A September to Remember
- By Ralph C. Jensen
- Sep 01, 2016
The fall festival, otherwise known as ASIS,
kicks off later this month. Thankfully, it is in
Orlando, though I can hardly wait until next
year when it is scheduled for Dallas.
I’m looking forward to ASIS this year for several
reasons, but chief among them are the many new
products that are launching during this event. Numerous
manufacturers have indicated that they will
be showcasing some of their new products there this
year. One of the most interesting, and I think mostly
likely to receive attention, is the development of
Body-worn cameras protect lives, and in the case
of law enforcement, the time has come to increase
Going for the Gold
By the time this issue of Security Products has been
printed and delivered, the Olympics will have come
and gone. At the time of this writing, so far the worldwide
event has been free of terrorism and any issues
of security have been minimal.
The Olympics are not a stage for political statements,
but that hasn’t always been the case. In 1936,
politics was at the front and center of the sporting
stage. At stake was the inclusion of U.S. athletes of
Jewish descent and African American sports stars.
While there could have been serious conflict, I believe
speedster Jesse Owens dominated the Games, proving
there was room for tolerance. Owen’s feat of grabbing
four gold medals and a world record isn’t a bad accomplishment
The idea of tolerance went by the way during
the 1972 Olympics in Munich. In fact, the German
Olympic Organizing committee had hopes of dispelling
the military image of Germany, especially that
of the Hitler regime.
As I am sure you are aware, the competitors have
their own village to live in during these events. As
secure as these living quarters were at the time, the
Munich massacre was an attack in which 11 Israeli
Olympic team members were taken hostage and eventually
killed, along with a German police officer, by
the Palestinian terrorist group Black September.
Shortly after the crisis began, they demanded 234
prisoners jailed in Israel and the German-held founders
of the Red Army Faction (Andreas Baade and
Ulrike Minho) be released. Black September called
the operation “Iris and Bigram,” after two Palestinian
Christian villages whose inhabitants were expelled by
the IDF in 1948.
The attack was motivated by secular nationalism,
with the commander of the terrorist group having
been born to Jewish and Christian parents. German
neo-Nazis gave the attackers logistical assistance. Police
officers killed five of the eight Black September
members during a failed rescue attempt. They captured
the three survivors, whom West Germany later
released following a Lufthansa airliner hijacking in
October. Mossad responded to the release with Operation
“Spring of Youth” and Operation “Wrath of
God,” tracking down and killing Palestinians suspected
of involvement in the massacre.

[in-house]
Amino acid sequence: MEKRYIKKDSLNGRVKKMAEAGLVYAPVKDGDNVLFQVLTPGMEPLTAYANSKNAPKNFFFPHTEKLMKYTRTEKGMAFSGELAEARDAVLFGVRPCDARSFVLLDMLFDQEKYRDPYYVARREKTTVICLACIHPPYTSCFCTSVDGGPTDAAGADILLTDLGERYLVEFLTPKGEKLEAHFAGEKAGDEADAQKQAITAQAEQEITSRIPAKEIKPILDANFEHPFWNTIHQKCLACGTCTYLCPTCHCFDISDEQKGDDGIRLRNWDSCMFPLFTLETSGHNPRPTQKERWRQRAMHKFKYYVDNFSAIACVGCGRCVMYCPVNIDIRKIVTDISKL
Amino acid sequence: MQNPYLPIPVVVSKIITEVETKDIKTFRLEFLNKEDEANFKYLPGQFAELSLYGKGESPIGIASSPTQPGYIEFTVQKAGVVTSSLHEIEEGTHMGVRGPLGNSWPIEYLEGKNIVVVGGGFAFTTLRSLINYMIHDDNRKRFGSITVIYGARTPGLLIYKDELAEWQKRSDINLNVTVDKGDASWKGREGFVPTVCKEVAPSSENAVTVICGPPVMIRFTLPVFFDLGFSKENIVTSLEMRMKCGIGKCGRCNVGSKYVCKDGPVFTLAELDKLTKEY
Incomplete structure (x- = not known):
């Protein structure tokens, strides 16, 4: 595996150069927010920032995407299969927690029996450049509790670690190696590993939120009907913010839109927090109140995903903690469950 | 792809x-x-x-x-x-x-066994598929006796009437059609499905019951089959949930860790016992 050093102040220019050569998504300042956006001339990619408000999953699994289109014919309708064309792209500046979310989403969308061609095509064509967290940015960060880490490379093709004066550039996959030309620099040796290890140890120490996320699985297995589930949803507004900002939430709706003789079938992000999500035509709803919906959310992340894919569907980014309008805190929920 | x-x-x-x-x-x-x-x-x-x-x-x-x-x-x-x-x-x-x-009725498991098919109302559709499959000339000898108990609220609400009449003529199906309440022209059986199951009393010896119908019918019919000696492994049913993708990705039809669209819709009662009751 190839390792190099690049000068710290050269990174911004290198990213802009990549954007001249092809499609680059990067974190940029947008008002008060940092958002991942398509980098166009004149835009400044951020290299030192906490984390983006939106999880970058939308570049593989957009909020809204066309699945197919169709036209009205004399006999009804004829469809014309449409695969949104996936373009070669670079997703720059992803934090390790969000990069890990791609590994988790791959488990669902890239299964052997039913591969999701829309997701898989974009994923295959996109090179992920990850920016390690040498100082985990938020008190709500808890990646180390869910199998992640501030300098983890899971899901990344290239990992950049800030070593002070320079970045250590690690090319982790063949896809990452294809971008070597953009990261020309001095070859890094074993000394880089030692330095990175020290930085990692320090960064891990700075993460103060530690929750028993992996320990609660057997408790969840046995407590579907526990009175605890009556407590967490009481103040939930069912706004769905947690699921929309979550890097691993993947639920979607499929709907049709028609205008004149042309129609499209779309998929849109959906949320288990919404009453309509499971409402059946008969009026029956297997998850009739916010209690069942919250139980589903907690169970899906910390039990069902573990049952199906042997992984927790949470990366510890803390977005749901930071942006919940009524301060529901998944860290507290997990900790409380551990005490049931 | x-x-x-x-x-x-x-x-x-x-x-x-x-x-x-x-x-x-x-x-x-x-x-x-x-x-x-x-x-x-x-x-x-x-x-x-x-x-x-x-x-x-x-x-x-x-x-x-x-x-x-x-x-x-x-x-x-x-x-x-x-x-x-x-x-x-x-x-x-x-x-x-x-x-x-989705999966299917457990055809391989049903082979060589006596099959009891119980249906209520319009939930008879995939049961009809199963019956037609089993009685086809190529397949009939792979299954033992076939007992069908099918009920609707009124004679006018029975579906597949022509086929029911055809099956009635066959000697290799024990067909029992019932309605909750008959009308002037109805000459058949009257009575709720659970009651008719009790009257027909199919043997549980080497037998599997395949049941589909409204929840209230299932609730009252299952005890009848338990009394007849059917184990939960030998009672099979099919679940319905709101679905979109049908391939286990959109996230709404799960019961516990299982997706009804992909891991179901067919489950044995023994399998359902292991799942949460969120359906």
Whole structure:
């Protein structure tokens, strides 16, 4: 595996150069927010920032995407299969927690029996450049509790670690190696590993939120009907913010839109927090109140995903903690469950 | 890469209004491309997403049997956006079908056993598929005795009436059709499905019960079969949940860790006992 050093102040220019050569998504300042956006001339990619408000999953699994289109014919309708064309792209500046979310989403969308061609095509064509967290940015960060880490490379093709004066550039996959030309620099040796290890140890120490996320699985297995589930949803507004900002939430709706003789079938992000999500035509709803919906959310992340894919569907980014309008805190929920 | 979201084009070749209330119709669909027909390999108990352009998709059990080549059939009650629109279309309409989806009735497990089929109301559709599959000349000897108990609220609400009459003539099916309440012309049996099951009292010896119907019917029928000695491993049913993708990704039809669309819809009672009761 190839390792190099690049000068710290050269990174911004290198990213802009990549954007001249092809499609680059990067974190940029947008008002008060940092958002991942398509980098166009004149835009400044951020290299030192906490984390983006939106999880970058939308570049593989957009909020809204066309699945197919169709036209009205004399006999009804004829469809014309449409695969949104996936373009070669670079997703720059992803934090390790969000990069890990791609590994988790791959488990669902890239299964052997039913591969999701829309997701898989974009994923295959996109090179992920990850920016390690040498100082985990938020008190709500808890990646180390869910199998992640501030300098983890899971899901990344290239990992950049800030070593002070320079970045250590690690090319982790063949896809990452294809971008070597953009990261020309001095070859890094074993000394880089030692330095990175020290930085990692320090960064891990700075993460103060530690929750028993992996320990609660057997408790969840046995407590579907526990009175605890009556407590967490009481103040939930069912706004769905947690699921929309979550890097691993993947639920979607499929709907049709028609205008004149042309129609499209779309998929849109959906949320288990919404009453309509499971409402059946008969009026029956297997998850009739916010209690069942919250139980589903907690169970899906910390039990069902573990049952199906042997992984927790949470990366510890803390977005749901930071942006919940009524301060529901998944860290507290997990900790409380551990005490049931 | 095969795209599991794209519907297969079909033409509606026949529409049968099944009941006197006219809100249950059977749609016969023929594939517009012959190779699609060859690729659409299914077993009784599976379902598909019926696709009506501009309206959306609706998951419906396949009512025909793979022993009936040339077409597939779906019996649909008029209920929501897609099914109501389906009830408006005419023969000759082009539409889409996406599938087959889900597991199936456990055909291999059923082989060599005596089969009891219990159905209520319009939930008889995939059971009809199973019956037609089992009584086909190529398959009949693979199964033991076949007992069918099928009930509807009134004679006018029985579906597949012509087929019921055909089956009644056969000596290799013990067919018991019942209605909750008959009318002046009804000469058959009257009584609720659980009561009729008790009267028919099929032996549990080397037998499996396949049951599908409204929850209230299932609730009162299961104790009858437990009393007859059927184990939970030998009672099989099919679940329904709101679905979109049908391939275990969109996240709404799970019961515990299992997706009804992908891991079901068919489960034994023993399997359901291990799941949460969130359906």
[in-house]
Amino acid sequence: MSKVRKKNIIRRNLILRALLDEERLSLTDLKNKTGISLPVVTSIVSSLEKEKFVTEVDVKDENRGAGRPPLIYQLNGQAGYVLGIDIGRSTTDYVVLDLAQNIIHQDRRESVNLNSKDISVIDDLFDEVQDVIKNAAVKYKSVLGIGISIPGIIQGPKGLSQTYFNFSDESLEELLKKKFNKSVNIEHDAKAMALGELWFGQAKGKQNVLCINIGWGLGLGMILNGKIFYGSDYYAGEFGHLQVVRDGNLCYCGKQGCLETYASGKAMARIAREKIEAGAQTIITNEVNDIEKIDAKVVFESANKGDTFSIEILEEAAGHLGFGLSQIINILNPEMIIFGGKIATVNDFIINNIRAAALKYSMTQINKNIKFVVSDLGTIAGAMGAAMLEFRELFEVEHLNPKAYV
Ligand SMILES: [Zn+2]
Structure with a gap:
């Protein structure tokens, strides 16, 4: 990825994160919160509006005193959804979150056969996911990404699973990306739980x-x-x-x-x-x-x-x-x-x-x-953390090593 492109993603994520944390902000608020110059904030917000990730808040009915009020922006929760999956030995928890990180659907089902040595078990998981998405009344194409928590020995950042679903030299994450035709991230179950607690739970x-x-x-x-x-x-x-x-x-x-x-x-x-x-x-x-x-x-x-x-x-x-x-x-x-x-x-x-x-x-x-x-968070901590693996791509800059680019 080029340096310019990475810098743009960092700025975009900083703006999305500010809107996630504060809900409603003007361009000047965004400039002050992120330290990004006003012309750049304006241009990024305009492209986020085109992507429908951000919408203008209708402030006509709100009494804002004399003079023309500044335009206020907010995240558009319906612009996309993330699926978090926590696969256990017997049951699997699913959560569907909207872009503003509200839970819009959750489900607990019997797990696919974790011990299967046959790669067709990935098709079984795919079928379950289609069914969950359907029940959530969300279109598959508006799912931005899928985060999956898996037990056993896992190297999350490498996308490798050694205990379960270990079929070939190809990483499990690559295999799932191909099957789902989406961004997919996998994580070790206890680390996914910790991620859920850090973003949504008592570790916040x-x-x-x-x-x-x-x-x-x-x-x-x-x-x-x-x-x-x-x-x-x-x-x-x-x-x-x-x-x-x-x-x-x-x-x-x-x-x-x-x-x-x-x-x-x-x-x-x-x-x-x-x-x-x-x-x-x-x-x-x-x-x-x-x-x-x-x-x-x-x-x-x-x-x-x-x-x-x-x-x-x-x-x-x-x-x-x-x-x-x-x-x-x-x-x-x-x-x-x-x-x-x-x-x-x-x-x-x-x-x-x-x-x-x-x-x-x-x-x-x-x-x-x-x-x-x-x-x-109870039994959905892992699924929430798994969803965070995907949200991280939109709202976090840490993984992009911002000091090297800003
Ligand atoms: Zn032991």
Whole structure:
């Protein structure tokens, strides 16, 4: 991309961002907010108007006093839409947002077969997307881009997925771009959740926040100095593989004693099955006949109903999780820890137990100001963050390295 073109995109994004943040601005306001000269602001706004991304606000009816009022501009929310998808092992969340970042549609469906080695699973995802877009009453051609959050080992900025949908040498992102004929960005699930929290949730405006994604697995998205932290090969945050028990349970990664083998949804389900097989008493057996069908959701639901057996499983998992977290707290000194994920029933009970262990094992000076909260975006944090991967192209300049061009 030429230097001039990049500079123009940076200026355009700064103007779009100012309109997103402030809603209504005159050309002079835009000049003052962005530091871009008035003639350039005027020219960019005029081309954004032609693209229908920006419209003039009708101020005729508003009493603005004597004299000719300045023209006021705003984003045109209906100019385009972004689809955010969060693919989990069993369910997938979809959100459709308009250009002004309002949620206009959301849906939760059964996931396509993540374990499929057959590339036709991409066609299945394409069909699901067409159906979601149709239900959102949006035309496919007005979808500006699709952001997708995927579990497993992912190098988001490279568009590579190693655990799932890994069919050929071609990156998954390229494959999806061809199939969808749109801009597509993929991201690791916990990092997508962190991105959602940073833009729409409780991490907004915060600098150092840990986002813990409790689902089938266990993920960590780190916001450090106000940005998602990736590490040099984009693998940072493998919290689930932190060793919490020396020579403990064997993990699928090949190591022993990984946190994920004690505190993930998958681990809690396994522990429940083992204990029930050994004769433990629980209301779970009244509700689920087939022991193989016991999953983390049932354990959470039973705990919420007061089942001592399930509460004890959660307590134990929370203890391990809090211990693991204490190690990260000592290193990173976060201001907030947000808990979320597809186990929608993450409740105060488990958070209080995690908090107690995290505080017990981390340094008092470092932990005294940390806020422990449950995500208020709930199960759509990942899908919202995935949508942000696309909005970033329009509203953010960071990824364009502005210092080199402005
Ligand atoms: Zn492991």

The documentary film “One Day in September”
claims that security in the athletes’ village was unfit
for the Olympic Games and that athletes could come
and go as they pleased. Athletes were able to sneak
past security and go to other countries’ rooms by going
over the fencing that encompassed the village.
The absence of armed personnel worried Israeli
delegation head Shmuel Lalkin even before his team
arrived in Munich. In later interviews with journalists
Serge Broussard and Aaron Klein, Larkin said that he
had expressed concern with the relevant authorities
about his team’s lodgings. The team was housed in a
relatively isolated part of the Olympic Village, on the
ground floor of a small building close to a gate, which
Lalkin felt made his team particularly vulnerable to an
outside assault. The West German authorities apparently
assured Larkin that extra security would be provided
to look after the Israeli team, but Lalkin doubts
that these additional measures were ever taken.
Olympic organizers asked West German forensic
psychologist Georg Stieber to create 26 terrorism scenarios
to aid the organizers in planning security. His
“Situation 21” accurately forecast armed Palestinians
invading the Israeli delegation’s quarters, killing and
taking hostages, and demanding Israel’s release of
prisoners and a plane to leave West Germany. Organizers
balked against preparing for Situation 21 and
the other scenarios, since guarding the Games against
them would have gone against the goal of “Carefree
Games” without heavy security.
Experts understand the need to protect others, and
as I watch the Olympics off and on prior to this publication,
I have the hope that all will go well.
On Aug. 3 two days prior to the start of the 2016
Summer Olympics, the International Olympic Committee
officially honored those fallen eleven Israeli
team members for the first time.
This article originally appeared in the September 2016 issue of Security Today.